>
>
> _______________________________________________
> OpenSCAD mailing list
> [hidden email]
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Re: Re Spelling

MathLover
In reply to this post by jim_klessig
To add a different viewpoint on the conversation, let me tell you how
Autodesk solved in in the command line of AutoCAD. The very first versions
only understood (US) english. The they added multi-language support. Ouch.
All the scripts suddenly stopped working if anything else than US english
was selected as the user interface language. They solved it by prefixing all
existing commands with an underscore. So all the scripts had to be reworked.
So instead of (command "line" pt1 pt2), you had to use (command "_line" pt1
pt2) in lisp, and just "_line" in command line replay scripts (which are
hardly used, but possible).

In short, adding localization (Oxford spelling) will call for "unlocalized"
commands to be used in library code and, frankly, all production code. The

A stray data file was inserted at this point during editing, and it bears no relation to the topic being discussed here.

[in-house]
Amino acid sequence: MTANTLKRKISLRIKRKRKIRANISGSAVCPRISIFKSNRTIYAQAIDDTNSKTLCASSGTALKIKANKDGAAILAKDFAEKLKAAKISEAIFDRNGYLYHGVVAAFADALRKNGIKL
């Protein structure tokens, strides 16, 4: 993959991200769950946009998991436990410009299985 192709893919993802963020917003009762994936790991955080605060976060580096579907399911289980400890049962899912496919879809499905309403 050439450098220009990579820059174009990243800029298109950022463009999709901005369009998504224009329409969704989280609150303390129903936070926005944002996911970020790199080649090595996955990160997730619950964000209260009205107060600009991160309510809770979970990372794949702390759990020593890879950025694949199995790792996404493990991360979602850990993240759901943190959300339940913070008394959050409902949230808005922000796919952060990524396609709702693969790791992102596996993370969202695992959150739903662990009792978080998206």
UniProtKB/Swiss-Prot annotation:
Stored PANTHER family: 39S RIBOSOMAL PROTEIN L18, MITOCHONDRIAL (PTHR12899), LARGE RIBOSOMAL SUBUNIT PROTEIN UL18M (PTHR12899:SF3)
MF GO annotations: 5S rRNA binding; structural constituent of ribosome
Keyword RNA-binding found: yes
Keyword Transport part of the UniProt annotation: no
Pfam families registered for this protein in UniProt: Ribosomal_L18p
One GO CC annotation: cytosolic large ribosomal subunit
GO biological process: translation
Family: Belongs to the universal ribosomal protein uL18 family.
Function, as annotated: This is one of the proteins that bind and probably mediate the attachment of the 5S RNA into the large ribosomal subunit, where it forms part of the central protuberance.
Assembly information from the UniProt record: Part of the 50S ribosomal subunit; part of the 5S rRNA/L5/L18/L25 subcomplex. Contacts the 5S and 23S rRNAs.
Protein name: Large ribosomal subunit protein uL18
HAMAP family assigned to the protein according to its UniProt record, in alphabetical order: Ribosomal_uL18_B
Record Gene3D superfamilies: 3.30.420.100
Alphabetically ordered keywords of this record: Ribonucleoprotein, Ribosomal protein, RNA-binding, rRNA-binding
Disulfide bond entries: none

whole Autodesk story learned me that having a defined language is better
than having a language that tries to outsmart the programmer. Consider:

cube([1,1,1], center=true);

and

cube([1,1,1], centre=true); // spelling error!

In which the last case was a mistake, not a language preference. The last
form is not an error and defines a variable to be used within the "cube"
module (that this is a built-in module won't make a difference, I hope). In
fact, I think this is how the precision variables work ($fn, etc).

I would like a firm correction from the compiler, and not some guesswork by
the compiler about what I mean. Compilers talk to the programmer. Let's not
silence them in the name of spelling.